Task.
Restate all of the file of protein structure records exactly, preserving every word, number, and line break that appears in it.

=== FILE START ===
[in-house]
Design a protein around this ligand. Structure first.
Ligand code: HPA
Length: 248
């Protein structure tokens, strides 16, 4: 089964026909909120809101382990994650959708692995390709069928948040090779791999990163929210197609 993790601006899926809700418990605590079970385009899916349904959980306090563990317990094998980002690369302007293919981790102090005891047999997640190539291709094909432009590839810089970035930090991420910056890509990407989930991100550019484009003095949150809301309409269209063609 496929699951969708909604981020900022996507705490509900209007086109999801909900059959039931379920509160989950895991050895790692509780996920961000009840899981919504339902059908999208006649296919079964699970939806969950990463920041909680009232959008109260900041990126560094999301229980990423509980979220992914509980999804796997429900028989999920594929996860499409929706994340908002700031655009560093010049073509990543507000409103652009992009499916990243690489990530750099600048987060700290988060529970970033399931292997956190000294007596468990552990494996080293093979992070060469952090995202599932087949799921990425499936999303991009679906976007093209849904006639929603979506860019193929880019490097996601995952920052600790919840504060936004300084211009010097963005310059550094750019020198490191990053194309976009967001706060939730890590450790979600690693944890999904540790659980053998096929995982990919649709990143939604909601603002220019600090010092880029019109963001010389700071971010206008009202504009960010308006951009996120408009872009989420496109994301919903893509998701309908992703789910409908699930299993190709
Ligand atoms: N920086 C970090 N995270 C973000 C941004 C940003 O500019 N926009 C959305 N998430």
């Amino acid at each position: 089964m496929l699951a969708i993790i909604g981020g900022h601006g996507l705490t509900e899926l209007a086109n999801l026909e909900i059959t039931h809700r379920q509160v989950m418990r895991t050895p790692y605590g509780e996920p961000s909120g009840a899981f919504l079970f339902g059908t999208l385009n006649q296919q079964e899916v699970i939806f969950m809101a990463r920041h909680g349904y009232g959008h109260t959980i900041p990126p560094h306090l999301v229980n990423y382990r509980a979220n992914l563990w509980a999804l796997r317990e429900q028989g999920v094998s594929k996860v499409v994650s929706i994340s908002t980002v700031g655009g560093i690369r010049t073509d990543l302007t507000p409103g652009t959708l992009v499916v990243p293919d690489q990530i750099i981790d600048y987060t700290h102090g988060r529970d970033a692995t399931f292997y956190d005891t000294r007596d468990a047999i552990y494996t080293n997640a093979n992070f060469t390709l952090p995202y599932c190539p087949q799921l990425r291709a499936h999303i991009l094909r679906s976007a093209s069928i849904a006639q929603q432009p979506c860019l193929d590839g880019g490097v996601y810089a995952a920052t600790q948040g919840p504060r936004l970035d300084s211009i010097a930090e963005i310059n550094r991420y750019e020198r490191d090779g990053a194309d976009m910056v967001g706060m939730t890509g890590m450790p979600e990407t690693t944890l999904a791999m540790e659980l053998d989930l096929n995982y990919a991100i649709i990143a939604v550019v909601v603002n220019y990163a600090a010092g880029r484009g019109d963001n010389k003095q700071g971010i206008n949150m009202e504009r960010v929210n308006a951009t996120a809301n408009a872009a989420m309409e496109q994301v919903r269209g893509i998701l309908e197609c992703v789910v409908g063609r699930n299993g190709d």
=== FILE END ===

[in-house]
Design a protein around this ligand. Structure first.
Ligand code: HPA
Length: 248
């Protein structure tokens, strides 16, 4: 089964026909909120809101382990994650959708692995390709069928948040090779791999990163929210197609 993790601006899926809700418990605590079970385009899916349904959980306090563990317990094998980002690369302007293919981790102090005891047999997640190539291709094909432009590839810089970035930090991420910056890509990407989930991100550019484009003095949150809301309409269209063609 496929699951969708909604981020900022996507705490509900209007086109999801909900059959039931379920509160989950895991050895790692509780996920961000009840899981919504339902059908999208006649296919079964699970939806969950990463920041909680009232959008109260900041990126560094999301229980990423509980979220992914509980999804796997429900028989999920594929996860499409929706994340908002700031655009560093010049073509990543507000409103652009992009499916990243690489990530750099600048987060700290988060529970970033399931292997956190000294007596468990552990494996080293093979992070060469952090995202599932087949799921990425499936999303991009679906976007093209849904006639929603979506860019193929880019490097996601995952920052600790919840504060936004300084211009010097963005310059550094750019020198490191990053194309976009967001706060939730890590450790979600690693944890999904540790659980053998096929995982990919649709990143939604909601603002220019600090010092880029019109963001010389700071971010206008009202504009960010308006951009996120408009872009989420496109994301919903893509998701309908992703789910409908699930299993190709
Ligand atoms: N920086 C970090 N995270 C973000 C941004 C940003 O500019 N926009 C959305 N998430």
């Amino acid at each position: 089964m496929l699951a969708i993790i909604g981020g900022h601006g996507l705490t509900e899926l209007a086109n999801l026909e909900i059959t039931h809700r379920q509160v989950m418990r895991t050895p790692y605590g509780e996920p961000s909120g009840a899981f919504l079970f339902g059908t999208l385009n006649q296919q079964e899916v699970i939806f969950m809101a990463r920041h909680g349904y009232g959008h109260t959980i900041p990126p560094h306090l999301v229980n990423y382990r509980a979220n992914l563990w509980a999804l796997r317990e429900q028989g999920v094998s594929k996860v499409v994650s929706i994340s908002t980002v700031g655009g560093i690369r010049t073509d990543l302007t507000p409103g652009t959708l992009v499916v990243p293919d690489q990530i750099i981790d600048y987060t700290h102090g988060r529970d970033a692995t399931f292997y956190d005891t000294r007596d468990a047999i552990y494996t080293n997640a093979n992070f060469t390709l952090p995202y599932c190539p087949q799921l990425r291709a499936h999303i991009l094909r679906s976007a093209s069928i849904a006639q929603q432009p979506c860019l193929d590839g880019g490097v996601y810089a995952a920052t600790q948040g919840p504060r936004l970035d300084s211009i010097a930090e963005i310059n550094r991420y750019e020198r490191d090779g990053a194309d976009m910056v967001g706060m939730t890509g890590m450790p979600e990407t690693t944890l999904a791999m540790e659980l053998d989930l096929n995982y990919a991100i649709i990143a939604v550019v909601v603002n220019y990163a600090a010092g880029r484009g019109d963001n010389k003095q700071g971010i206008n949150m009202e504009r960010v929210n308006a951009t996120a809301n408009a872009a989420m309409e496109q994301v919903r269209g893509i998701l309908e197609c992703v789910v409908g063609r699930n299993g190709d």